Field Review: Leica D-LUX 5 (Day 2)

After realizing that the Leica D-LUX 5 is not an effective weapon against zombies, I quickly took to the streets to run from said zombies and test how it fairs for street photography.

In Hand

While using the Leica D-LUX 5 I found that using the camera like a standard point-and-shoot is actually very comfortable. For this reason, if a pro or photographer used to DSLRs can accept the fact that it is just a powerful point-and-shoot camera then they will have no problems. The body is very sturdy and it really feels that way. Granted, the body also feels very cold in cold weather because of the way it is constructed.

The camera easily fits into an inner pocket of a peacoat which is nice for when you’re walking out and about or even just with friends.

The only thing that is a bit annoying is the lens cap. I honestly wish that it were magnetic and that there was a plate of some sort attached to the bottom of the camera to keep in there. I don’t really like having it flail all over and ensuring that it is held in one place is a bit of a pain. As a constructive criticism, I do hope that Leica does think about this for the next model.

For street photography though, I’ve taken to holding it a totally different way:

– First I wrap the strap around my wrist 3-5 times.

– Then I place it in my hand in such a way that the top of the camera is supported by my fingers and my thumb is supporting the bottom left side of the camera.

– To shoot, I just use my method of imagining what the shot will look like from a different angle and shooting without looking through the viewfinder or screen. At this point I should mention that I did not get the viewfinder in as a review unit.

It’s a very unconventional method but I’ve found that I take some of my most interesting shots this way.


Focusing is quickest I’ve found in good lighting and when utilizing the center AF point. When the camera is switched into a total evaluative mode, it can take a bit longer and even painfully longer in low-light. This performance is to be expected from a point-and-shoot.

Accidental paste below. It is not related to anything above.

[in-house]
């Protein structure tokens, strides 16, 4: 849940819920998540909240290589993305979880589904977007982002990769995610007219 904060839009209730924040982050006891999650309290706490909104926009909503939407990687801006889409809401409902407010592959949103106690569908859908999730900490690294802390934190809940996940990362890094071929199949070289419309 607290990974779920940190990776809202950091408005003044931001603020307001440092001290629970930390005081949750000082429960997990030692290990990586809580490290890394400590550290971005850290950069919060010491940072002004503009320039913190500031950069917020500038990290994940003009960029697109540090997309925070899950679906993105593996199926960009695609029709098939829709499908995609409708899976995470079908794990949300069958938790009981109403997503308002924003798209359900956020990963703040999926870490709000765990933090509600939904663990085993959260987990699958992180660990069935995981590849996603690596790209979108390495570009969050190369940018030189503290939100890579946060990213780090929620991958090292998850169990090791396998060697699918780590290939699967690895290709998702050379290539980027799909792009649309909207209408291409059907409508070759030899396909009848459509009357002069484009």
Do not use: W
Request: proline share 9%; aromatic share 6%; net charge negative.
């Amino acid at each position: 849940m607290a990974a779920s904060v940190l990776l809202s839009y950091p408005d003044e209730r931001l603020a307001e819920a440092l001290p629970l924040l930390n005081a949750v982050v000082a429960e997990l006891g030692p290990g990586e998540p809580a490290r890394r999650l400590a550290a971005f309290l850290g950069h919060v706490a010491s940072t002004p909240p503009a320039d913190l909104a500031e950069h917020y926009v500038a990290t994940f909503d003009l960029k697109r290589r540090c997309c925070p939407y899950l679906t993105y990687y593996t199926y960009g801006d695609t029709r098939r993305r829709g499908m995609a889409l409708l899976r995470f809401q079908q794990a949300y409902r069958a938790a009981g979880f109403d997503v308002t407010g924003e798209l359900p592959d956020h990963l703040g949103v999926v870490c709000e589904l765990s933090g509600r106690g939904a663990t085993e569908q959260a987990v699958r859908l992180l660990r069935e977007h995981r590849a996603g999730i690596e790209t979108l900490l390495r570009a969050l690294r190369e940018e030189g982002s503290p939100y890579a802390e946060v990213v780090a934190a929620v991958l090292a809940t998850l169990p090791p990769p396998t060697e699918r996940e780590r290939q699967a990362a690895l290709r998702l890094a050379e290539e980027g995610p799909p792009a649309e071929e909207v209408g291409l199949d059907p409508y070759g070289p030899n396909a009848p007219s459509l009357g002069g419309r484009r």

For street shooting and when combined with my method, I’ve been very satisfied with using the center AF point. I just love the photo above. It tells us quite a bit. None of the lines are straight which helps to give a sense of the craziness in NYC. The woman’s ankle warmers were just amazing as is the design on her leggings. Plus she’s packing this huge backpack so she is probably a foreigner that is traveling through the area. The fact that we can’t see her face tells us that it could be anyone.

Then you’ve got the background that is in focus. The street vendors help to make NYC what it is. You can tell that it is NYC because of the teams listed there. The food listed shows the variety of ethnicities that help to make it the melting pot.

And then you’ve got people.

It’s such a complex shot and I love it to death. Sure one can go on and on saying that there are loads of technical flaws with it. Okay, I’ll accept that.

But show me something better. I used the D-LUX 5 to capture the moment. And you know what—the form factor helped. I didn’t want that front grip from the LX-5.

Oh by the way, walking up to someone and snapping a quick photo of them is so fun and discrete with this camera.

Image Quality

Images from the D-LUX 5 aren’t stellar but they aren’t terrible either. To be fair, I say this because I’ve only been using the Smooth film setting so far and converted these straight from RAWs in Lightroom 3.

If many of these were converted to black and white, one would probably fall much more in love with these photos. When shooting in RAW though, that is a bit useless.

All of these photos were shot in aperture mode on a very dreary day in NYC. For what it is worth, the colors can pop at times such as in the photo above. You’ll really notice this with the reds, purples and brighter colors of the spectrum.

As you photograph the darker and grittier colors though, those colors are indeed much darker and grittier than you see in real life. That said, I so far cannot conclude that the colors are lifelike.

Bokeh quality for a point and shoot is very nice. This photo was shot at F/3.3 while everything else was done at F/2. The background has some nice blur to it. And yes, I shot a similar photo with the M9 during my review.

While on the move, the image stabilization system is fairly decent. When standing still, there will be almost no way that I’ve tested so far to get a blurry shot unless it’s out of focus.

Because of these findings I can conclude so far that:

– If pros can accept the form factor, it will be a wonderful camera for them. Once again, we’re supposed to make the instruments work for us. Most enthusiasts and regular folk will be blown away by the quality.

– Colors so far aren’t the best but there is still more testing to be done.

– Focusing using the center point is excellent. This applies even to low lighting.

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Chris Gampat

Chris Gampat is the Editor in Chief, Founder, and Publisher of the Phoblographer. He also likes pizza.